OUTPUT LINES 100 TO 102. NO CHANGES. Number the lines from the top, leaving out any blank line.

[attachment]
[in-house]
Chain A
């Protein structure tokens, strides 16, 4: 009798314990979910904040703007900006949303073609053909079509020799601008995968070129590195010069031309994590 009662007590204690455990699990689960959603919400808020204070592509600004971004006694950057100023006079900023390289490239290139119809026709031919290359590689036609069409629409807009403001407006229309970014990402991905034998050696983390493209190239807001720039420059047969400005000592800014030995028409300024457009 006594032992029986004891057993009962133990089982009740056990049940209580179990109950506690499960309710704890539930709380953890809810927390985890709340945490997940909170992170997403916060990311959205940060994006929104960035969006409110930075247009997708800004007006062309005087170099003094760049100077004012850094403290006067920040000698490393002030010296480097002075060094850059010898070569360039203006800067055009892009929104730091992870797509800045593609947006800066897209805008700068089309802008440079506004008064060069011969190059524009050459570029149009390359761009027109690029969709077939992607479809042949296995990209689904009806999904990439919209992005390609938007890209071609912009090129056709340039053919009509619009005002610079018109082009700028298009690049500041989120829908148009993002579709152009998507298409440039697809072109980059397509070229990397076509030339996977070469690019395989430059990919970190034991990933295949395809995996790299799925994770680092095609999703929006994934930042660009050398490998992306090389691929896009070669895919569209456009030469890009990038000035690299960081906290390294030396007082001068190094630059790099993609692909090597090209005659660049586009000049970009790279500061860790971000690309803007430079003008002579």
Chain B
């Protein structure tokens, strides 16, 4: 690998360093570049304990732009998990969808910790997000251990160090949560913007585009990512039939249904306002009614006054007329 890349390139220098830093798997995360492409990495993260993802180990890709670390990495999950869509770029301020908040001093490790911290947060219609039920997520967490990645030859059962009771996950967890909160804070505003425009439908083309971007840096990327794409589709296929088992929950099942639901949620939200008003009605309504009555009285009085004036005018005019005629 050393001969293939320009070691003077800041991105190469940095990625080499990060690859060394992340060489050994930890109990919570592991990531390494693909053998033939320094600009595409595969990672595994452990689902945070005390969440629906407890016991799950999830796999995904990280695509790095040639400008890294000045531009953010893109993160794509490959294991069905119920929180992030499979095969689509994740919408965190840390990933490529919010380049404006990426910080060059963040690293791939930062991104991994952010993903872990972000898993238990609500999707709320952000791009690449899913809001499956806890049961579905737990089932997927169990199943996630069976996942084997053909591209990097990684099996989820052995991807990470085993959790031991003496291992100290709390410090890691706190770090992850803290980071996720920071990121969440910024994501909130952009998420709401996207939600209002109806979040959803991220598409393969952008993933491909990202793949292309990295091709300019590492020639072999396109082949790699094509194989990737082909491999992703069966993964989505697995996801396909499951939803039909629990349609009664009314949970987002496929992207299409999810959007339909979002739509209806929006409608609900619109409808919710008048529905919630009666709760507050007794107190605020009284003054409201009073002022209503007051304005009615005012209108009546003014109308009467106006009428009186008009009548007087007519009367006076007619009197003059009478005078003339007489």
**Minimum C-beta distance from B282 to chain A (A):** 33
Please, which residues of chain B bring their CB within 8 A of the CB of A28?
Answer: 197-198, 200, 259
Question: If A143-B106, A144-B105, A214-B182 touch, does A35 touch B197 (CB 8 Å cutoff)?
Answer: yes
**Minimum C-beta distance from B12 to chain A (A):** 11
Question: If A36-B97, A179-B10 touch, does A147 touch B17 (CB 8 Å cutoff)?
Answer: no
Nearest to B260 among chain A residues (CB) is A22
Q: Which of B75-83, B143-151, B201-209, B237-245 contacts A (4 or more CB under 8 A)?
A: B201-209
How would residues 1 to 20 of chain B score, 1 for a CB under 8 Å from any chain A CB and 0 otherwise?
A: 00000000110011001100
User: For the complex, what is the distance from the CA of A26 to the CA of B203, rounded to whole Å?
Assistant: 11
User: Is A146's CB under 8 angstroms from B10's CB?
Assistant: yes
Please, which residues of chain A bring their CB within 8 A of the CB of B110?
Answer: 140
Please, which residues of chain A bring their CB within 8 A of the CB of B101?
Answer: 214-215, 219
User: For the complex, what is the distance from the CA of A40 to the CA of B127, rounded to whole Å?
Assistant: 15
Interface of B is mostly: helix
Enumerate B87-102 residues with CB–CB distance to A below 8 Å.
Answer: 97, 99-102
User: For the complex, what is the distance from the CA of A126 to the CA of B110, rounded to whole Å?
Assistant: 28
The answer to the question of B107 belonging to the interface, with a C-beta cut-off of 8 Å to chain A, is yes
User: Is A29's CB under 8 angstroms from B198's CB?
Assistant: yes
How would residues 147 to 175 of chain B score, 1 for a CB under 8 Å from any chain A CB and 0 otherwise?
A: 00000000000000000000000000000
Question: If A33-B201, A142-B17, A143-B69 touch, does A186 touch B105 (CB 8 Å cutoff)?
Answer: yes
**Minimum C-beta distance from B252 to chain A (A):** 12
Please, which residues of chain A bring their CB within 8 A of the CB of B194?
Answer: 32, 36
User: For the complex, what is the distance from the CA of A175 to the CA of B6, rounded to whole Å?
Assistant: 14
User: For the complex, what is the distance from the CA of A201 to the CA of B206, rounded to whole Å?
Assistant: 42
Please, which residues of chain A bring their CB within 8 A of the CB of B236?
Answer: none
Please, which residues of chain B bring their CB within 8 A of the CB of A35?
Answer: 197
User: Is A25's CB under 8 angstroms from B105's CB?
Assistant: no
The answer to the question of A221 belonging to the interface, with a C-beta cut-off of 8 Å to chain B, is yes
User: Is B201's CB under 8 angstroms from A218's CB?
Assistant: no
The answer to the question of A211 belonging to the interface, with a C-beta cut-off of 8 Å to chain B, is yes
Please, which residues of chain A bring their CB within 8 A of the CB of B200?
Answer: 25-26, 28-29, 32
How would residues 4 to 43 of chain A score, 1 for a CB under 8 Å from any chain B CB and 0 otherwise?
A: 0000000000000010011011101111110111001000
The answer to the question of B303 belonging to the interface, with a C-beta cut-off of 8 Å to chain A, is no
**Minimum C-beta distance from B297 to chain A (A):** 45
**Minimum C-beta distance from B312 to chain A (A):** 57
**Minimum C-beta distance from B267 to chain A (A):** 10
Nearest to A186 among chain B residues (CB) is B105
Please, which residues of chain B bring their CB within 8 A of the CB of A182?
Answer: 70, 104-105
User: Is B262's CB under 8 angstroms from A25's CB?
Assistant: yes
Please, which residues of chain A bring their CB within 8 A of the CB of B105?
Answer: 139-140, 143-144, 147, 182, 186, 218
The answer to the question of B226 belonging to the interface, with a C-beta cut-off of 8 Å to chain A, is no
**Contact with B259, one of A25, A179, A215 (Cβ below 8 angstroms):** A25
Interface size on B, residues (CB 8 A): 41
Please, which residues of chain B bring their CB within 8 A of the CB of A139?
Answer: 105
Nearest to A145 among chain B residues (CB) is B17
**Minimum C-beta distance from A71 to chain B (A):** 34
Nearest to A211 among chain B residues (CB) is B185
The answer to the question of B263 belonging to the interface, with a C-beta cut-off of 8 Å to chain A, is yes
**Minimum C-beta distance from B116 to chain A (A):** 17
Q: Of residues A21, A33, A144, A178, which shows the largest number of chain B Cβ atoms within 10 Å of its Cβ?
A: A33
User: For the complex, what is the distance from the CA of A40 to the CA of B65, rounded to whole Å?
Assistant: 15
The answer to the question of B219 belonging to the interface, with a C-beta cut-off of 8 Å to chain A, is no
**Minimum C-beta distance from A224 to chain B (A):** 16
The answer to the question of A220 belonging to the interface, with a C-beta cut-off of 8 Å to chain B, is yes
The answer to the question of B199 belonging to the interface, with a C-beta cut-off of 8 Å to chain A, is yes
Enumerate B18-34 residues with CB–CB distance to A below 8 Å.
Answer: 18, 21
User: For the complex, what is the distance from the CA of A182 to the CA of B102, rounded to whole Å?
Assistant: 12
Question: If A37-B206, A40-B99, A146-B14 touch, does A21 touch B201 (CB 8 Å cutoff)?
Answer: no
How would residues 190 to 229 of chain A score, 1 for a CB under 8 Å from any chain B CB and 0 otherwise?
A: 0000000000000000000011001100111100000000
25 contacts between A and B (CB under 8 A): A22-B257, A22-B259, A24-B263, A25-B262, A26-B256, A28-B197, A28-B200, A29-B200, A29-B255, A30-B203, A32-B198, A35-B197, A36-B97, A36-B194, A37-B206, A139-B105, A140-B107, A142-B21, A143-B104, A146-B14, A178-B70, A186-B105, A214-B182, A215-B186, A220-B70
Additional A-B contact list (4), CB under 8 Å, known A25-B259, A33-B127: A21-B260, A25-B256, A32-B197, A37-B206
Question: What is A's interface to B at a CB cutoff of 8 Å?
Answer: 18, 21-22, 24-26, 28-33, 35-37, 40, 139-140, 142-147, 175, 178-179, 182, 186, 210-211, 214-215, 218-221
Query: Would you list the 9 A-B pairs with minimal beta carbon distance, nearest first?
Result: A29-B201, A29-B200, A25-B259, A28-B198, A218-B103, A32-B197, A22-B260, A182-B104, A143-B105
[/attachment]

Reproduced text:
Additional A-B contact list (4), CB under 8 Å, known A25-B259, A33-B127: A21-B260, A25-B256, A32-B197, A37-B206
Question: What is A's interface to B at a CB cutoff of 8 Å?
Answer: 18, 21-22, 24-26, 28-33, 35-37, 40, 139-140, 142-147, 175, 178-179, 182, 186, 210-211, 214-215, 218-221